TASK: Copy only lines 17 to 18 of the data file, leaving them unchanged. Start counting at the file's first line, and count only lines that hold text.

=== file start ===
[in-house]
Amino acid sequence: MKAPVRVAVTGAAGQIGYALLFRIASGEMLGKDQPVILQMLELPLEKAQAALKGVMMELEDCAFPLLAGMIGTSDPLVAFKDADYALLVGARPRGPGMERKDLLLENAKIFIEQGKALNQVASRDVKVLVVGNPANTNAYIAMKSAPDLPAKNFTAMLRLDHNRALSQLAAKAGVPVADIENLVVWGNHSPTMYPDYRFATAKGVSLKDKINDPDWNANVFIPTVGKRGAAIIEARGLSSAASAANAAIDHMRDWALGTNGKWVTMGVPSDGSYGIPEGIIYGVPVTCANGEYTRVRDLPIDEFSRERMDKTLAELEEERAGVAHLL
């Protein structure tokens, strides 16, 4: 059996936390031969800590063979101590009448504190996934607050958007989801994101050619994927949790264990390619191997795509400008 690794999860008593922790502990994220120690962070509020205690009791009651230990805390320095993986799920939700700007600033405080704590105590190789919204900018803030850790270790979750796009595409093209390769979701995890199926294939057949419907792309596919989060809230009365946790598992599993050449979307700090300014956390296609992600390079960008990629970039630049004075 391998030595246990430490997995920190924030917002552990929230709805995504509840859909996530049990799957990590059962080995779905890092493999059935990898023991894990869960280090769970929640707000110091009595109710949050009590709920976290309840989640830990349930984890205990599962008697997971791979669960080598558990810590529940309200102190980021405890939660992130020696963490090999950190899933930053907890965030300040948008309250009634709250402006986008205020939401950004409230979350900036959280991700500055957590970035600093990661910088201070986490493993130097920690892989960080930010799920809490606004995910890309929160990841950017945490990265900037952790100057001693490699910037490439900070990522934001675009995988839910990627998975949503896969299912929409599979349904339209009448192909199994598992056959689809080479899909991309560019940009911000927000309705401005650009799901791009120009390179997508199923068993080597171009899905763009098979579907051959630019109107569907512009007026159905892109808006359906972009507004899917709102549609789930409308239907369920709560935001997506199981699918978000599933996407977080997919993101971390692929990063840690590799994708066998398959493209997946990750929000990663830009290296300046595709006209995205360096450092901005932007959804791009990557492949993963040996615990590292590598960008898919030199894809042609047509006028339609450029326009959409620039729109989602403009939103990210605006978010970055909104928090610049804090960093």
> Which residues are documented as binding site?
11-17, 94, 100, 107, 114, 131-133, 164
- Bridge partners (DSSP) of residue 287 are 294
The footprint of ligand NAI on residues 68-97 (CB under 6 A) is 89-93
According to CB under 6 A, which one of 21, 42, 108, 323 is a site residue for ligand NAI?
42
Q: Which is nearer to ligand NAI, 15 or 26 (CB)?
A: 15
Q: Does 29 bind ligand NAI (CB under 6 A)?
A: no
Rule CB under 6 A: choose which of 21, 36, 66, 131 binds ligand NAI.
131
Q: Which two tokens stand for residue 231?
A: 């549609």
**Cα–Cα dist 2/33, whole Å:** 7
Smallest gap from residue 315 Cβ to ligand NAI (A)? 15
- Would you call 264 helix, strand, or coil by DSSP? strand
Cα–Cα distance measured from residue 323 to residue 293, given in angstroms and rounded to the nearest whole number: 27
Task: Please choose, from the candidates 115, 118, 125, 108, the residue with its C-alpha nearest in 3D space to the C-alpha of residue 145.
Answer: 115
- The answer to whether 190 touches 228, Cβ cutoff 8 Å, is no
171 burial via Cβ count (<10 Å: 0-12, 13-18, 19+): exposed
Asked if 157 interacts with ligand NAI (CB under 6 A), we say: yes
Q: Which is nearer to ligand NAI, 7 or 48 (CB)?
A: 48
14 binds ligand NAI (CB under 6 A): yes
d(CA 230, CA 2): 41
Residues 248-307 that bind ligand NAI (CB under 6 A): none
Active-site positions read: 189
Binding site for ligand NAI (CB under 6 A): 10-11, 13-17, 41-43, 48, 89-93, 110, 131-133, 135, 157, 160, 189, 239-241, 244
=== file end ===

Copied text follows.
A: 């549609």
**Cα–Cα dist 2/33, whole Å:** 7